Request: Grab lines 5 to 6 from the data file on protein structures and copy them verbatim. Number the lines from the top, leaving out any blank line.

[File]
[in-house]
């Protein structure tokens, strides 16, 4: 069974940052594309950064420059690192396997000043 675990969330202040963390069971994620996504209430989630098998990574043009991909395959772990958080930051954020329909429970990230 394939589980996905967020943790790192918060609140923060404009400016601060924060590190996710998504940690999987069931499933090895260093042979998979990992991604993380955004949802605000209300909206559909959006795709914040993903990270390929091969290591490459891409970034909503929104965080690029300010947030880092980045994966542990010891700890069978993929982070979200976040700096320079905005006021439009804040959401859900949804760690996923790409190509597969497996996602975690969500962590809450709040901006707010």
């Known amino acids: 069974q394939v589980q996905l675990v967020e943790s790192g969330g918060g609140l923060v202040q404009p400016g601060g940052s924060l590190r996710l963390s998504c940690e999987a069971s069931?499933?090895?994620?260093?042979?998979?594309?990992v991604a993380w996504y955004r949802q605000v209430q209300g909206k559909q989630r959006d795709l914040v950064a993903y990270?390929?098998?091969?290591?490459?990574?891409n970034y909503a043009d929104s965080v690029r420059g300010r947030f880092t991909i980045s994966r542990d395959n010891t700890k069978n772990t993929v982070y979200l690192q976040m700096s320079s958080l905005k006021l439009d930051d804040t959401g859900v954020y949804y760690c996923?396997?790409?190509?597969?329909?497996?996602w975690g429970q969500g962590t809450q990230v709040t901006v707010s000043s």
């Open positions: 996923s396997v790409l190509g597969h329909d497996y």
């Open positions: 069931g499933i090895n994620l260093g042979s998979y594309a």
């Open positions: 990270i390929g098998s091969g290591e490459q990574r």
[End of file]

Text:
């Open positions: 069931g499933i090895n994620l260093g042979s998979y594309a």
């Open positions: 990270i390929g098998s091969g290591e490459q990574r």